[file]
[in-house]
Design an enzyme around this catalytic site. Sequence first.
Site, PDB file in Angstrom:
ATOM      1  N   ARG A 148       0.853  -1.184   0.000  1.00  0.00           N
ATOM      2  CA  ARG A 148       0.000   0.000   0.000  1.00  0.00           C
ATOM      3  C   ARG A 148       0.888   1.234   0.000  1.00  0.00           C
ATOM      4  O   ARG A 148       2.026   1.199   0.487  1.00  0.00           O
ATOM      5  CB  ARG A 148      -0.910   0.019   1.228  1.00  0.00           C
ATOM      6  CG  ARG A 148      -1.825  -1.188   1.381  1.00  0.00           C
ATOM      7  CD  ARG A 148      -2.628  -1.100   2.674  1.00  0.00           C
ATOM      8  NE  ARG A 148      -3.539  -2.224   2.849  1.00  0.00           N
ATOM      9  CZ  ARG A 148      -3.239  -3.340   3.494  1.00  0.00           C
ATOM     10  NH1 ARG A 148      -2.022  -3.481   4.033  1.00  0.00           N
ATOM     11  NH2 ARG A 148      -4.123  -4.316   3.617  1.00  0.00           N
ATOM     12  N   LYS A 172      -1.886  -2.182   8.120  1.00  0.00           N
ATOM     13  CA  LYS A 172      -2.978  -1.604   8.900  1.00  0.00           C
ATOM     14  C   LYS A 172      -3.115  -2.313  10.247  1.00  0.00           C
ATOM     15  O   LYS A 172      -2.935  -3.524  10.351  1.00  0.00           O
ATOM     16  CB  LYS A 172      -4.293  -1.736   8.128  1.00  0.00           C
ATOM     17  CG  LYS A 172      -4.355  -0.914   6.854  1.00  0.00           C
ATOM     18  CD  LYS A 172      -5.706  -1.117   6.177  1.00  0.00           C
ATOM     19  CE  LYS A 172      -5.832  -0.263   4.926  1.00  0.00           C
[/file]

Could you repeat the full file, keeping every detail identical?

[in-house]
Design an enzyme around this catalytic site. Sequence first.
Site, PDB file in Angstrom:
ATOM      1  N   ARG A 148       0.853  -1.184   0.000  1.00  0.00           N
ATOM      2  CA  ARG A 148       0.000   0.000   0.000  1.00  0.00           C
ATOM      3  C   ARG A 148       0.888   1.234   0.000  1.00  0.00           C
ATOM      4  O   ARG A 148       2.026   1.199   0.487  1.00  0.00           O
ATOM      5  CB  ARG A 148      -0.910   0.019   1.228  1.00  0.00           C
ATOM      6  CG  ARG A 148      -1.825  -1.188   1.381  1.00  0.00           C
ATOM      7  CD  ARG A 148      -2.628  -1.100   2.674  1.00  0.00           C
ATOM      8  NE  ARG A 148      -3.539  -2.224   2.849  1.00  0.00           N
ATOM      9  CZ  ARG A 148      -3.239  -3.340   3.494  1.00  0.00           C
ATOM     10  NH1 ARG A 148      -2.022  -3.481   4.033  1.00  0.00           N
ATOM     11  NH2 ARG A 148      -4.123  -4.316   3.617  1.00  0.00           N
ATOM     12  N   LYS A 172      -1.886  -2.182   8.120  1.00  0.00           N
ATOM     13  CA  LYS A 172      -2.978  -1.604   8.900  1.00  0.00           C
ATOM     14  C   LYS A 172      -3.115  -2.313  10.247  1.00  0.00           C
ATOM     15  O   LYS A 172      -2.935  -3.524  10.351  1.00  0.00           O
ATOM     16  CB  LYS A 172      -4.293  -1.736   8.128  1.00  0.00           C
ATOM     17  CG  LYS A 172      -4.355  -0.914   6.854  1.00  0.00           C
ATOM     18  CD  LYS A 172      -5.706  -1.117   6.177  1.00  0.00           C
ATOM     19  CE  LYS A 172      -5.832  -0.263   4.926  1.00  0.00           C